We also derive process metrics by measuring the characteristics of specific software engineering tasks, for example, we might measure the effort and time spent Grady [GRA92] argues that there are “private and public” uses for different types of process data. Because it is natural that individual software engineers might be sensitive to the use of metrics collected on an individual basis, these data should be private to the individual and serve as an indicator for the individual only. Examples of private metrics include defect rates (by individual), defect rates (by module), and errors found during development. The “private process data” philosophy conforms well to the personal software process approach proposed by Humphrey [HUM95]. Humphrey describes the approach in the following manner: The Personal Software Process (PSP) is a structured set of process descriptions, measurements, and methods that can help engineers to improve their personal performance. It provides the forms, scripts and standards that help them estimate and plan their work. It shows them how to define processes and how to measure their quality and productivity. A fundamental PSP principle is that everyone is different and that a method that is effective for one engineer may not be suitable for another. The PSP thus helps engineers to measure and track their own work so they can find the methods that are best for them.
Humphrey recognizes that software process improvement can and should begin at the individual level. Private process data can serve as an important driver as the individual software engineer works to improve. Some process metrics are private to the software project team but public to all team members. Examples include defects reported for major software functions (that have been developed by a number of practitioners), errors found during formal technical reviews, and lines of code or function points per module and function. These data are reviewed by the team to uncover indicators that can improve team performance. Public metrics generally assimilate information that originally was private to individuals and teams. Project level defect rates (absolutely not attributed to an individual), effort, calendar times and related data are collected and evaluated in an attempt to uncover indicators that can improve organizational process performance. Software process metrics can provide significant benefit as an organization works to improve its overall level of process maturity. However, like all metrics, these can be misused, creating more problems than they solve. Grady [GRA92] suggests a software metrics etiquette that is appropriate for both managers and practitioners as they institute a process metrics program:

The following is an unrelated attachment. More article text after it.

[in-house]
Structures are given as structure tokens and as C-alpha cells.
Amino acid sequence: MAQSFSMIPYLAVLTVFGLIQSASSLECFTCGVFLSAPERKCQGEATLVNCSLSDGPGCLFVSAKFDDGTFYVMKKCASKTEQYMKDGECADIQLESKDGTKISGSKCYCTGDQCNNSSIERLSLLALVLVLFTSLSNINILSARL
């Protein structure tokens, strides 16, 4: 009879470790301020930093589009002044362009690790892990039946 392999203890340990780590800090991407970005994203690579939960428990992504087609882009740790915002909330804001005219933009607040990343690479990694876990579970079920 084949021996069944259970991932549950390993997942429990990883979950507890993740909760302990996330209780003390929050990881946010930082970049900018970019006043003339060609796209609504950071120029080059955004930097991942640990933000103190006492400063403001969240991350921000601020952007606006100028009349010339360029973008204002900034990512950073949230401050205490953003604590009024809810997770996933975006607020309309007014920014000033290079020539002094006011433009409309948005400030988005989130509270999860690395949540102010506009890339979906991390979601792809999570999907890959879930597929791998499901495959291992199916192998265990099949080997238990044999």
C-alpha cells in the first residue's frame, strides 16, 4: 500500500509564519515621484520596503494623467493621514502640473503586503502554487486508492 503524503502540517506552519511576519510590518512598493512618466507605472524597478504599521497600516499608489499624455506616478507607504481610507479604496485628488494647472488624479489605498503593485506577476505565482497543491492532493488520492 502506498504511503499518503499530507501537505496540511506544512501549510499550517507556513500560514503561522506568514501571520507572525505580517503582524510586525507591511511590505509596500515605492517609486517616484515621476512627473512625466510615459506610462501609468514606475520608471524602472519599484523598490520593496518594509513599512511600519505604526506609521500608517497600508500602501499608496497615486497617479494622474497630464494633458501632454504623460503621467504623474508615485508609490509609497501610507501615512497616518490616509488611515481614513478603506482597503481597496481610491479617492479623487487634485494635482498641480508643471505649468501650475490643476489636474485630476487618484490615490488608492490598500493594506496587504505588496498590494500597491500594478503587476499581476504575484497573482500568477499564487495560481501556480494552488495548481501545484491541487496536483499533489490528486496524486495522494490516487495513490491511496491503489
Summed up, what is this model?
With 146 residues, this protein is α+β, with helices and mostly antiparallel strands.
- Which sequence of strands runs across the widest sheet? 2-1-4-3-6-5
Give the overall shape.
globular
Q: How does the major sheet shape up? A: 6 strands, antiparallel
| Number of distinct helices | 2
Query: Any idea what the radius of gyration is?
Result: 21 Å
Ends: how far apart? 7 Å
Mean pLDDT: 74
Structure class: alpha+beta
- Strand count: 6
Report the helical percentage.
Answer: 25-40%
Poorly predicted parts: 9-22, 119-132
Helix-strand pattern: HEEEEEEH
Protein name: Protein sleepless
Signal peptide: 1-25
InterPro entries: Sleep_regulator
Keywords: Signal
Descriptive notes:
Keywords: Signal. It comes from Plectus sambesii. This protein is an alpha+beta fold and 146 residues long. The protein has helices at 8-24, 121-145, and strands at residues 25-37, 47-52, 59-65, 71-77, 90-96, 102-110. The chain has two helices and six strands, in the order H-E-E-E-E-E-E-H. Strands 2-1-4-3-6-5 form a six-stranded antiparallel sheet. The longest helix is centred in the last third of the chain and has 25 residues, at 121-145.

• Use common sense and organizational sensitivity when interpreting metrics data.

• Provide regular feedback to the individuals and teams who collect measures and metrics.

• Don’t use metrics to appraise individuals.

• Work with practitioners and teams to set clear goals and metrics that will be used to achieve them.

• Never use metrics to threaten individuals or teams.

• Metrics data that indicate a problem area should not be considered “negative.”

These data are merely an indicator for process improvement.

• Don’t obsess on a single metric to the exclusion of other important metrics. As an organization becomes more comfortable with the collection and use of process metrics, the derivation of simple indicators gives way to a more rigorous approach called statistical software process improvement (SSPI). In essence, SSPI uses software failure analysis to collect information about all errors and defects encountered as an application, system or product is developed and used. Failure analysis works in the following manner:
1. All errors and defects are categorized by origin (e.g., flaw in specification, flaw in logic, nonconformance to standards).
2. The cost to correct each error and defect is recorded.


3. The number of errors and defects in each category is counted and ranked in descending order. 4. The overall cost of errors and defects in each category is computed. 5. Resultant data are analyzed to uncover the categories that result in highest cost to the organization. 6. Plans are developed to modify the process with the intent of eliminating (or reducing the frequency of) the class of errors and defects that is most costly.
Following steps 1 and 2, a simple defect distribution can be developed (Figure ). [GRA94]. For the pie-chart noted in the figure, eight causes of

defects and their origin (indicated by shading) are shown. Grady suggests the development of a fishbone diagram [GRA92] to help in diagnosing the data represented in the frequency diagram. Referring to Figure the spine of the diagram (the central line) represents the quality factor under consideration (in this case specification defects that account for 25 percent of the total). Each of the ribs (diagonal lines) connecting to the spine indicate potential causes for the quality problem (e.g., missing requirements, ambiguous specification, incorrect requirements, changed requirements). The spine and ribs notation is then added to each of the major ribs of the diagram to expand upon the cause noted. Expansion is shown only for the incorrect cause in Figure


The collection of process metrics is the driver for the creation of the fishbone diagram. A completed fishbone diagram can be analyzed to derive indicators that will enable a software organization to modify its process to reduce the frequency of errors and defects.

B) Project Metrics